My Growth hacking to 100,000 customers for free, using Groupon + social media

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Before I launched Zaggora.com in July 2011, I had 2 classic growth hacking problems.

1) I had no budget and

2) I had no idea what I was doing.

10 weeks later I had 100,000 paying customers, without spending a penny on up-front marketing. 2 years later, from $30,000 I initially invested, I had a business that was making over $30ml in sales with no investors, debt, or further investment.

I won a National Business award, was featured as a Harvard Business School Case Study and was featured in all sorts of publications including the Financial Times. Wow.

So what did I do to growth hack this?

My 2 problems aren’t unique, but one faced by most entrepreneurs, startups and first time CEOs. Indeed, anyone without a marketing budget. In my case, I had never launched a consumer product before. I didn’t have a budget because I didn’t want to invest any money into paid marketing given my second problem,  I didn’t know what I was doing. So, I turned to growth hacking. (I didn’t know this was growth hacking at the time, this is a recent discovery).

Growth hacking is effectively building marketing into product design so that it markets itself, achieving user growth / sales, without paying through traditional marketing channels (print ads, online ads etc). It’s data driven, precisely, to test, test, test and iterate what you’re doing to find the most effective methods to market your product. I wrote about Growth hacking in another post, if you’re interested.

At the age of 29, I had spent the previous 10 years working in finance and investments. This was a lot of fun, I was quite successful, but bored. I wanted to solve problems for consumers, in a new business, of my own. So, when my wife had this great idea for pants that make you hot, and in so doing boost the results of your exercise, I couldn’t resist. Our HOTPANTS™ were born.

But how to market, given my 2 problems.

I turned to a free solution, social media, to test whether at least there was any interest in this idea of ours and whether or not anyone would be interested in buying. But first, I thought, ‘lets just give some away’. I had read this was how Red Bull had started, just by giving away the product. Also, we had the problem of creating a new product, proving that it works. Who’s really going to believe by wearing our product, I’ll be able to burn more calories and get more out of my exercise? Whilst we had research from universities to prove it, we need real people, like you and me.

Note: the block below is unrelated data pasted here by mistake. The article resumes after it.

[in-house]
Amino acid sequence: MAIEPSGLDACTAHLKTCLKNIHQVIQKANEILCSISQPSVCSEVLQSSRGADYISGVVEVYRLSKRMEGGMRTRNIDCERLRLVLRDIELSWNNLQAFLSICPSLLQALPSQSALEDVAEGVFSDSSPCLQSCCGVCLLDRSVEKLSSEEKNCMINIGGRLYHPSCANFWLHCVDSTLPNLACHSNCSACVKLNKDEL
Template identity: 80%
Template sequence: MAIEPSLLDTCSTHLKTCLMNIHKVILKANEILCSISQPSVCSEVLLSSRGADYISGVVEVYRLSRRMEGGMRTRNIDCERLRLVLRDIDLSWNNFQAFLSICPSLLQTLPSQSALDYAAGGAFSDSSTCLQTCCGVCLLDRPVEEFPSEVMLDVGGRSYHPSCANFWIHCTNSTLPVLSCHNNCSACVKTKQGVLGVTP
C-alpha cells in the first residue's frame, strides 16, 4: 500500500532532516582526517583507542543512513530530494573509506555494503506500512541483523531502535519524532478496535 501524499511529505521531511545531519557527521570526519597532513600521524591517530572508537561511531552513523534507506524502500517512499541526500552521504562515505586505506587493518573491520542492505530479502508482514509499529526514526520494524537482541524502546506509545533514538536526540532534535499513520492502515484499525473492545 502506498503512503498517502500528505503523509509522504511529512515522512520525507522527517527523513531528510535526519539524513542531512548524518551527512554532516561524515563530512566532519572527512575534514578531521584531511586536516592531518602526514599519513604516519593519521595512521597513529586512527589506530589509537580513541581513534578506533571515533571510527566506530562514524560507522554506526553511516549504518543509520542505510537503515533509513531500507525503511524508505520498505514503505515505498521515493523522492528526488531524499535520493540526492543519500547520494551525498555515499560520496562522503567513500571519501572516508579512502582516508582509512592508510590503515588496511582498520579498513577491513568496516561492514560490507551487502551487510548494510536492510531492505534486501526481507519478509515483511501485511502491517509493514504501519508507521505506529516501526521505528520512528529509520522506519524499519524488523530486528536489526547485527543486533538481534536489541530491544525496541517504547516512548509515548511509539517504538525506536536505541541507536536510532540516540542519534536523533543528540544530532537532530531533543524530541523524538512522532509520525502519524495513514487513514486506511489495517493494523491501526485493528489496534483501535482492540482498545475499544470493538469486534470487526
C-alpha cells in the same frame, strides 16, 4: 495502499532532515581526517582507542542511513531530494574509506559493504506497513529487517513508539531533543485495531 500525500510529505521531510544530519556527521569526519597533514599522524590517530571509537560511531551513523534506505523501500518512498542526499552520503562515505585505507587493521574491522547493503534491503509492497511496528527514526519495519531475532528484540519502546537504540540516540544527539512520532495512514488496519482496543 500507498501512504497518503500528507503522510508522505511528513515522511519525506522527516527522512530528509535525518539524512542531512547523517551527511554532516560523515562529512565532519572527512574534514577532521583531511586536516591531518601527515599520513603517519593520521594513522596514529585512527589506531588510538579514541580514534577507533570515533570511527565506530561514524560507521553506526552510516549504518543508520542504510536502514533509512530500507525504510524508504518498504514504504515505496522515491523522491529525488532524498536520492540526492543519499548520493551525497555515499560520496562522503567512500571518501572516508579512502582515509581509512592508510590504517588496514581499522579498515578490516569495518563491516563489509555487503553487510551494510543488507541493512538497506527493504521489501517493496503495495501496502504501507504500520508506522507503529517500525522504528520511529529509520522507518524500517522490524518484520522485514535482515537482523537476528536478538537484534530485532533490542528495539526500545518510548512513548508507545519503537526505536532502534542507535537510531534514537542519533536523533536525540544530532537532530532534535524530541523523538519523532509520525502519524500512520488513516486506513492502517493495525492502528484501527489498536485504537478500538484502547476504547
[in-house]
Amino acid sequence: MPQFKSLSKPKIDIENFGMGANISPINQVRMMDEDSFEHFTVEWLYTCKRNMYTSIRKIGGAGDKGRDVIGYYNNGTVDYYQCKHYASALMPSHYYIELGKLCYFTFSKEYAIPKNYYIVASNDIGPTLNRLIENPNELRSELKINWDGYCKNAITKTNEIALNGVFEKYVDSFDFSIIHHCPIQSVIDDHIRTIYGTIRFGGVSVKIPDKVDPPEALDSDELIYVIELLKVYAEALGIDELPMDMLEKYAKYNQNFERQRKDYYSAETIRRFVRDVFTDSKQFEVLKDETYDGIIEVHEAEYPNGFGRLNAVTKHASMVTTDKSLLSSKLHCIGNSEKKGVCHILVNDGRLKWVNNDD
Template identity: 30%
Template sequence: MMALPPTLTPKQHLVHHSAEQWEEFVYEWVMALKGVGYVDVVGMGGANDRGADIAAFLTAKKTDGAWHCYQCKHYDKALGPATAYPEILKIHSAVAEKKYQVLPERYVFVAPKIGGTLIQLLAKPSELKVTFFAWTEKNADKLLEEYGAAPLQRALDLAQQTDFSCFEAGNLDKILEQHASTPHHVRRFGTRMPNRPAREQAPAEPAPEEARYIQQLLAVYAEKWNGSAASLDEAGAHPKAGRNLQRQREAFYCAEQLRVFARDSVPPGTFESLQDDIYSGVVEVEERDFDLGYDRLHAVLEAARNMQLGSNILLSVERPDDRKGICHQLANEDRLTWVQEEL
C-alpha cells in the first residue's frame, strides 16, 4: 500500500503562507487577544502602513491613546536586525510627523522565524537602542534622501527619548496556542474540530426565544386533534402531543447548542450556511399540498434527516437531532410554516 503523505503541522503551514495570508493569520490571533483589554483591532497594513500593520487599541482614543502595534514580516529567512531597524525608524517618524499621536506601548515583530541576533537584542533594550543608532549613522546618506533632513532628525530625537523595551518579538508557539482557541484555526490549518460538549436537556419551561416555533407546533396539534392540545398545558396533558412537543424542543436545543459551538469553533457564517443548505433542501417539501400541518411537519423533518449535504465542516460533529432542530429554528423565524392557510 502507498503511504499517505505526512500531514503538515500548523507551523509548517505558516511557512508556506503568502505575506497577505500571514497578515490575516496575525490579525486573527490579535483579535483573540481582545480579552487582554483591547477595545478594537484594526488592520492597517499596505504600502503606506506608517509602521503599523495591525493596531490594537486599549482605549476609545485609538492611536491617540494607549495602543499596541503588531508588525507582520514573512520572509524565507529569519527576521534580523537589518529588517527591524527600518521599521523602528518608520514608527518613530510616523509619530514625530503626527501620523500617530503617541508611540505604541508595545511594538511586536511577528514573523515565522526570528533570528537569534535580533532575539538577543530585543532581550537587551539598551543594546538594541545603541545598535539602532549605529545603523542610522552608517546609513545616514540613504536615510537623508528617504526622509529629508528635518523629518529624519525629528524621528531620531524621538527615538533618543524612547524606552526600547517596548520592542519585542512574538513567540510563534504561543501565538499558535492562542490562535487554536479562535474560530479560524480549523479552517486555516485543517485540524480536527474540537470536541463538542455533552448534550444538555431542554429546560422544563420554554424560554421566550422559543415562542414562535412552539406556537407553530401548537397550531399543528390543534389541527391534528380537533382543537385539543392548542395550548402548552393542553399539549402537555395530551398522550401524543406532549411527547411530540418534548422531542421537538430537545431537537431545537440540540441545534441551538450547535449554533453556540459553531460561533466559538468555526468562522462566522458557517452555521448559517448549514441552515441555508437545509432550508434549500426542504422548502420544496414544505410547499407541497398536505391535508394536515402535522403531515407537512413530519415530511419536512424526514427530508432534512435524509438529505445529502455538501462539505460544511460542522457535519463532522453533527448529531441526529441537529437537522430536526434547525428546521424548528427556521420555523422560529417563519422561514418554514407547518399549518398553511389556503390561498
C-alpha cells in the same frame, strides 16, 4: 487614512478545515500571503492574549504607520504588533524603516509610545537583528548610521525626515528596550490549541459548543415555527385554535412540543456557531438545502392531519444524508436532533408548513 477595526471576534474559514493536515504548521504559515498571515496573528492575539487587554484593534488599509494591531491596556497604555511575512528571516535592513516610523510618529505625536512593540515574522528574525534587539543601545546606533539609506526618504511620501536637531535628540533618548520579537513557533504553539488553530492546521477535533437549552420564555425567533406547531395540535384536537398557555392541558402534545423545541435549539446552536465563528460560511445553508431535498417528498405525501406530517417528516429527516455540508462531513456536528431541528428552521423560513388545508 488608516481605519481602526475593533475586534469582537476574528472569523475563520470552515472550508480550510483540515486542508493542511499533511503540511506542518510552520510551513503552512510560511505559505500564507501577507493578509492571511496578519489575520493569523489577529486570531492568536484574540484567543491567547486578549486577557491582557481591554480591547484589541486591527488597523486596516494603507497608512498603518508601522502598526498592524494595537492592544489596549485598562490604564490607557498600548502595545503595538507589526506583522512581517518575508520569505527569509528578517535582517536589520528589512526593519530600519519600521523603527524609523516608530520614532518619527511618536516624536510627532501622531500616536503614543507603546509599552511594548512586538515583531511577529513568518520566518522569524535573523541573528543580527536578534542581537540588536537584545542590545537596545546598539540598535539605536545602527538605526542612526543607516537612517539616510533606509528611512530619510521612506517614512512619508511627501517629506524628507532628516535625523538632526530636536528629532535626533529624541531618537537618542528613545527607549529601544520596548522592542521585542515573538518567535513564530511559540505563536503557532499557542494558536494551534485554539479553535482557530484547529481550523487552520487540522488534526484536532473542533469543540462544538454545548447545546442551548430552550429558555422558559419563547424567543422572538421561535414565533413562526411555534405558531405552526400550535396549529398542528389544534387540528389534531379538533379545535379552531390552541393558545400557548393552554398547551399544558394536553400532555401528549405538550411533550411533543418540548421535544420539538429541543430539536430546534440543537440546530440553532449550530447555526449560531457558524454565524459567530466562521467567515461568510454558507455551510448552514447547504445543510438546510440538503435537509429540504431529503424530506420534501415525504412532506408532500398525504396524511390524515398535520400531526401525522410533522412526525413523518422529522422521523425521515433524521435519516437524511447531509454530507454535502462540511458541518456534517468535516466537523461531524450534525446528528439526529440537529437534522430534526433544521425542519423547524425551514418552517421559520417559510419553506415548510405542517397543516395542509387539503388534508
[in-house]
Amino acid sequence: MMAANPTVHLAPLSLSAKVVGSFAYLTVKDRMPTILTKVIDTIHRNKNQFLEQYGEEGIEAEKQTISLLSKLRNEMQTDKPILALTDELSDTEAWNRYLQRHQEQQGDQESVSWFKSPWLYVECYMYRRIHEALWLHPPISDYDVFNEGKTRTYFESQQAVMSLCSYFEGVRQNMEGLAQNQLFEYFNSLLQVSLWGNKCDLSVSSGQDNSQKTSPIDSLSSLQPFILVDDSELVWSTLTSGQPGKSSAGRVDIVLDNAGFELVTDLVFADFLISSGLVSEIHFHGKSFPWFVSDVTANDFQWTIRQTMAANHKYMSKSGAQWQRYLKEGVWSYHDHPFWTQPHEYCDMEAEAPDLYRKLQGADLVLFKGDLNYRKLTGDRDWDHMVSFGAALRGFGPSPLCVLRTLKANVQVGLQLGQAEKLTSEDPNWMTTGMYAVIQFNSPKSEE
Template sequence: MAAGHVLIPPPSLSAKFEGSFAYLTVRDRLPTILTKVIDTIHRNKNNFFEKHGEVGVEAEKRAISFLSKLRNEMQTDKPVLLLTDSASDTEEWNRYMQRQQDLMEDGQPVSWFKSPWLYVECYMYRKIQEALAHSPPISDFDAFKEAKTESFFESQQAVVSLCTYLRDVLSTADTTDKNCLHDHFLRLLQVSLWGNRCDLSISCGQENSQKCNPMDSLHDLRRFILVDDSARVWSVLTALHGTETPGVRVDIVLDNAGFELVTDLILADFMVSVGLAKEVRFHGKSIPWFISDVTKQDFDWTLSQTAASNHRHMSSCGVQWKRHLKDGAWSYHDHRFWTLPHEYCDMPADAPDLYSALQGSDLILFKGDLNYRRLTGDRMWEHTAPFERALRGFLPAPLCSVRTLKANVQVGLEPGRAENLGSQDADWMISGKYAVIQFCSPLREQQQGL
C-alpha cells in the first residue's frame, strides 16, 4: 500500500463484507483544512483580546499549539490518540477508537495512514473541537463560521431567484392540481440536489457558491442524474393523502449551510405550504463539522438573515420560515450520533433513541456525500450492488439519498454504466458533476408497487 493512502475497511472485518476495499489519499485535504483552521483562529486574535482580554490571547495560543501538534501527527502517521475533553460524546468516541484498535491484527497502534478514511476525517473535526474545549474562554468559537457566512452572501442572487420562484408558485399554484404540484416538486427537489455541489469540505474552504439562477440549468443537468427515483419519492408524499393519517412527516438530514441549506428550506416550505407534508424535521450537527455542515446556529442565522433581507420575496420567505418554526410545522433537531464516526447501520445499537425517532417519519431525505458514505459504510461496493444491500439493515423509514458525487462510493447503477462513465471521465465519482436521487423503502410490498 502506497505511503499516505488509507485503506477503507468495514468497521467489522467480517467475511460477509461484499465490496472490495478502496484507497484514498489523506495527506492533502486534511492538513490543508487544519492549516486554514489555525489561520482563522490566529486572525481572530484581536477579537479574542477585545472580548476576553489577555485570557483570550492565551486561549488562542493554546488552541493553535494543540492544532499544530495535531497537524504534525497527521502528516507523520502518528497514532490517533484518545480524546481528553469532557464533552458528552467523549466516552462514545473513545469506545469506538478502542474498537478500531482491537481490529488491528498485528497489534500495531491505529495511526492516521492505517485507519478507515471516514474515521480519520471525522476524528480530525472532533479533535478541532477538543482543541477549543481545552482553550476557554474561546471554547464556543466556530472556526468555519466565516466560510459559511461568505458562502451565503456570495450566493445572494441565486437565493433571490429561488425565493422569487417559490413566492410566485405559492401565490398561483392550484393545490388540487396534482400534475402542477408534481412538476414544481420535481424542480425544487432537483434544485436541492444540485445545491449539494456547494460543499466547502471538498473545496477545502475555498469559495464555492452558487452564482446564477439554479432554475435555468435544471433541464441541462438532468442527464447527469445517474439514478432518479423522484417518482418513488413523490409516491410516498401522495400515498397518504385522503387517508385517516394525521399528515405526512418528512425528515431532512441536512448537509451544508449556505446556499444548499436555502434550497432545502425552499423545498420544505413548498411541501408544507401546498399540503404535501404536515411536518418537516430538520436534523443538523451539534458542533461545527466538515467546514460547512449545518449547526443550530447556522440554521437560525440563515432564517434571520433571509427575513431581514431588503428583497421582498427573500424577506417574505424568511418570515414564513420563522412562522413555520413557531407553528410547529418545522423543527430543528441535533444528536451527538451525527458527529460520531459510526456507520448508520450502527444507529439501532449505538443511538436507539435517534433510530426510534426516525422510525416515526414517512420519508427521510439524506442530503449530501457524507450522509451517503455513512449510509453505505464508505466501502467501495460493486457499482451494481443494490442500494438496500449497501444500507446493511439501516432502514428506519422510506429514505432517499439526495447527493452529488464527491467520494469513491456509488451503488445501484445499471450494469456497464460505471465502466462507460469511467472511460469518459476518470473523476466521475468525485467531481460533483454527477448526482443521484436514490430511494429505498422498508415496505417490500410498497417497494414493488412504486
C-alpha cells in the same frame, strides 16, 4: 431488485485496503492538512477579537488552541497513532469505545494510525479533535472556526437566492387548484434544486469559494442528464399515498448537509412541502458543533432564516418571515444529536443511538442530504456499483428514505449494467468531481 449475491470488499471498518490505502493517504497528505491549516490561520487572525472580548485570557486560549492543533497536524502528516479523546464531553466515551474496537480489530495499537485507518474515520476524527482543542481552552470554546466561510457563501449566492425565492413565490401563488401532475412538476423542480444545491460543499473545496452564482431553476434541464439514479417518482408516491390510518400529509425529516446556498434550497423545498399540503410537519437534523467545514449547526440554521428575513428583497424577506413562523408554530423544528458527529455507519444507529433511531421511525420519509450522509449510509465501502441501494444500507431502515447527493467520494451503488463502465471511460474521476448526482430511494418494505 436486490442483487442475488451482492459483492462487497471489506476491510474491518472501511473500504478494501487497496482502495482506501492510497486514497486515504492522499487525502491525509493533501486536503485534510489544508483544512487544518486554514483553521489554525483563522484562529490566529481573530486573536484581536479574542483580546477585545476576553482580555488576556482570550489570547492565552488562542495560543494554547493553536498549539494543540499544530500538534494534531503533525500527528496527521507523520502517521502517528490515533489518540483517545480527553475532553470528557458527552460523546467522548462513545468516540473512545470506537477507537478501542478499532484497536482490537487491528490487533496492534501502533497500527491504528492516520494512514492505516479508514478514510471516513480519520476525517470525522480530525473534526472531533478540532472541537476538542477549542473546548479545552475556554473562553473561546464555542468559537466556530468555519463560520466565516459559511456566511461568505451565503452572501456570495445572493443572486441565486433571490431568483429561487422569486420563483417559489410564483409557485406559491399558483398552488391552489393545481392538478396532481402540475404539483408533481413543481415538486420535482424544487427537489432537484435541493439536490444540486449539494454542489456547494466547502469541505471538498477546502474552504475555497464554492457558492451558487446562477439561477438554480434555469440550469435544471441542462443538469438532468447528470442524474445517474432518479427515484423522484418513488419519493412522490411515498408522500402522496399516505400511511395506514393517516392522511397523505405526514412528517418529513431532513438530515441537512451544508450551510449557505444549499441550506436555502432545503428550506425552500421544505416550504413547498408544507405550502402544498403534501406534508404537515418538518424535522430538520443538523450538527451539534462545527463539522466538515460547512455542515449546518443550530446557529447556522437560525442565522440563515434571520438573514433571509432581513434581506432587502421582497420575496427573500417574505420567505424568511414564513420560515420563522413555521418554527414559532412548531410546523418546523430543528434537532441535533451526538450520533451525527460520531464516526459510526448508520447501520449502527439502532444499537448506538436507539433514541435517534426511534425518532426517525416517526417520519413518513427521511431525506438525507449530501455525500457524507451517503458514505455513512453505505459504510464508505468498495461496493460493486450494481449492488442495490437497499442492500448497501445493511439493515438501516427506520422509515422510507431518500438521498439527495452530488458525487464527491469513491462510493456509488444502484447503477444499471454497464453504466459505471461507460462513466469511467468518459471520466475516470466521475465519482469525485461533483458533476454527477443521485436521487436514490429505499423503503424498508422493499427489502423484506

So I turned to Facebook. Thinking that if I asked my friends to try it, and it worked for them, they’d tell their friends, and they’d tell their friends and before we knew it, millions of people would know about our product. Of course, that didn’t happen. In fact, only 4 of my 683 ‘friends’ liked my post :(. This was clearly doomed to failure.

However, friends are friends. They’re not customers. So, lets try Twitter, I thought. In theory, I can have a conversation with anyone and if I have to tweets with hundreds of women myself, so be it. So, I created a twitter account @gethotpants, and started asking women I targeted in search (fitness, blogger, gym) to try a free pair of my Hotpants. I just needed their address. Also on twitter, nobody was really listening. Although one woman did threaten to report me to the police because of my ‘perverted’ Hotpants suggestion, and that I wanted her address. How rude.

I needed to explain, in more than 140 characters, what the product was. So I created a free presentation on slideshare.net (these are my first presentations). I then included the link to this in my tweets. Slowly, after maybe sending 2,000 tweets, I started to get responses. And after 2 months, I had 500 women who agreed to try a pair and then write an honest review on our facebook page.

Since there seemed to be some interest in the idea of our product, I decided to build a website. I went to a website designer I knew, agreed a small fee, whereby I would pay half when the site was finished and the other half, a month later. I hoped that the first sales would pay for this second part.

We sent the products out on July 1st 2011.

The reviews from the first 500 testers were awesome. The facebook community quickly grew, as friends of the reviewers saw their posts. And the sales started to come in. Not many, but from around 500 visits a day to the website, we had maybe 25 orders, a conversion rate of 5%.

This was my twitter feed, with some early feedback. We used this feedback to make some product changes.

twitter